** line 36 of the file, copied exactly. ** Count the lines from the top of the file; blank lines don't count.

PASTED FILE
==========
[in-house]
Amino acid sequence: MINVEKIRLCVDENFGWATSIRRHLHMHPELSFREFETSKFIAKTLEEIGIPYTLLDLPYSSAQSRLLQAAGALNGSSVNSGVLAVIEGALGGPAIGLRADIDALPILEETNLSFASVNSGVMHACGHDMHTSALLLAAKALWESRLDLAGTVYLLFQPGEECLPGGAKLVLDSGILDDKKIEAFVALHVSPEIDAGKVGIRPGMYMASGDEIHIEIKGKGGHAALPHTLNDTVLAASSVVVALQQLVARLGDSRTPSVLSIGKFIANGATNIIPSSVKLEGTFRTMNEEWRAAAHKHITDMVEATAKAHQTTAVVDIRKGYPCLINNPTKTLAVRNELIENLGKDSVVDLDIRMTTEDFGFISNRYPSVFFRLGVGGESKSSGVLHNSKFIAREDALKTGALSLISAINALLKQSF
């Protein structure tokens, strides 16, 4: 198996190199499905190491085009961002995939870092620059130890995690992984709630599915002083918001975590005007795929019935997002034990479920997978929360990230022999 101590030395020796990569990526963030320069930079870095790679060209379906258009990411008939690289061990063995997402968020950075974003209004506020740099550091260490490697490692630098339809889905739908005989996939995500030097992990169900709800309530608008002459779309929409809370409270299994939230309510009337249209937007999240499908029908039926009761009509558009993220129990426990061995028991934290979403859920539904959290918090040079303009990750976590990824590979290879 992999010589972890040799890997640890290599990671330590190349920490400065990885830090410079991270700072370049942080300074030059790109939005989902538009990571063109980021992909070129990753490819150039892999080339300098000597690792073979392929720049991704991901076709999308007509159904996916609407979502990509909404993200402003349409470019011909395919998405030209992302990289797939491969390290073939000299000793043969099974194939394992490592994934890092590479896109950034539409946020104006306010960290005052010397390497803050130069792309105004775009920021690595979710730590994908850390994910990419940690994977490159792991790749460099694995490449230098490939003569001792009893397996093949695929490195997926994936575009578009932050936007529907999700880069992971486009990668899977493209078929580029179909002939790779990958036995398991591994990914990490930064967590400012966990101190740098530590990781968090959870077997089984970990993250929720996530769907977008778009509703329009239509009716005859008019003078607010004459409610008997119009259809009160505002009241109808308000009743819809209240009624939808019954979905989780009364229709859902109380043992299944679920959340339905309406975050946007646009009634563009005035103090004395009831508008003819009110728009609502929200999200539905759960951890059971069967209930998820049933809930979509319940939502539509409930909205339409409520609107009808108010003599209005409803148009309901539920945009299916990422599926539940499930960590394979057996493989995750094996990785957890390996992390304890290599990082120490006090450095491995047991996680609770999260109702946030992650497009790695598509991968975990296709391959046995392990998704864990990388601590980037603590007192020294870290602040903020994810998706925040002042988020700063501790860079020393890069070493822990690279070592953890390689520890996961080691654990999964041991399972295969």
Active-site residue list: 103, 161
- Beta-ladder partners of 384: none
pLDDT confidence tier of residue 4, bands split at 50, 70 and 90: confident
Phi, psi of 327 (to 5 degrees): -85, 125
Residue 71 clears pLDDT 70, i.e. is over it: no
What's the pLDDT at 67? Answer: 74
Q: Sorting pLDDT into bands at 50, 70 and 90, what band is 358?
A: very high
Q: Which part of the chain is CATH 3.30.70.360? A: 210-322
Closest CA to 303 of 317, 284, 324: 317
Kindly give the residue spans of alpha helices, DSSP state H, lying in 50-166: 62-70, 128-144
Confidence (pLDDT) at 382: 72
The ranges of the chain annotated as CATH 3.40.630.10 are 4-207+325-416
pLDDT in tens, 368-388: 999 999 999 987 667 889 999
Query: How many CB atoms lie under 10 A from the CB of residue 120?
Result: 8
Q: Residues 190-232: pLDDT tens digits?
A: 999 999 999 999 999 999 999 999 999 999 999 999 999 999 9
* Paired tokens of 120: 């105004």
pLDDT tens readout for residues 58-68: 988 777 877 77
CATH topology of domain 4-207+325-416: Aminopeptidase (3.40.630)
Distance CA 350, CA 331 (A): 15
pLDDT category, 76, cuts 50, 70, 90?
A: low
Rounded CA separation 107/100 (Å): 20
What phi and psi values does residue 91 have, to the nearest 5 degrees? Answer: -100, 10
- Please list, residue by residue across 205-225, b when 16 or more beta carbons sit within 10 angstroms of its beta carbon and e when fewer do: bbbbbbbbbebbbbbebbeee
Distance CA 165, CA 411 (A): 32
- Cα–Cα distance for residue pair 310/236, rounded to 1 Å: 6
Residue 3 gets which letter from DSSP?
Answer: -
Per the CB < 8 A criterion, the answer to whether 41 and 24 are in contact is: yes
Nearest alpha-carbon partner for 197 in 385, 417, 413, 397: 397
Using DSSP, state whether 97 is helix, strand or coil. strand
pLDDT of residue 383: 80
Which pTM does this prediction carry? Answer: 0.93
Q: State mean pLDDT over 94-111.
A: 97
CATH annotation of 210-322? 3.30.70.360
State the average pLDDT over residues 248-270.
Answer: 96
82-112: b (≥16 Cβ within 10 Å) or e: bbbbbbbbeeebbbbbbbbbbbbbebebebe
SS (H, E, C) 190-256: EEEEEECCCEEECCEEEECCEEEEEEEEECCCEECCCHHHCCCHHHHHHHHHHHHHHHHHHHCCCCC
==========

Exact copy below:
Nearest alpha-carbon partner for 197 in 385, 417, 413, 397: 397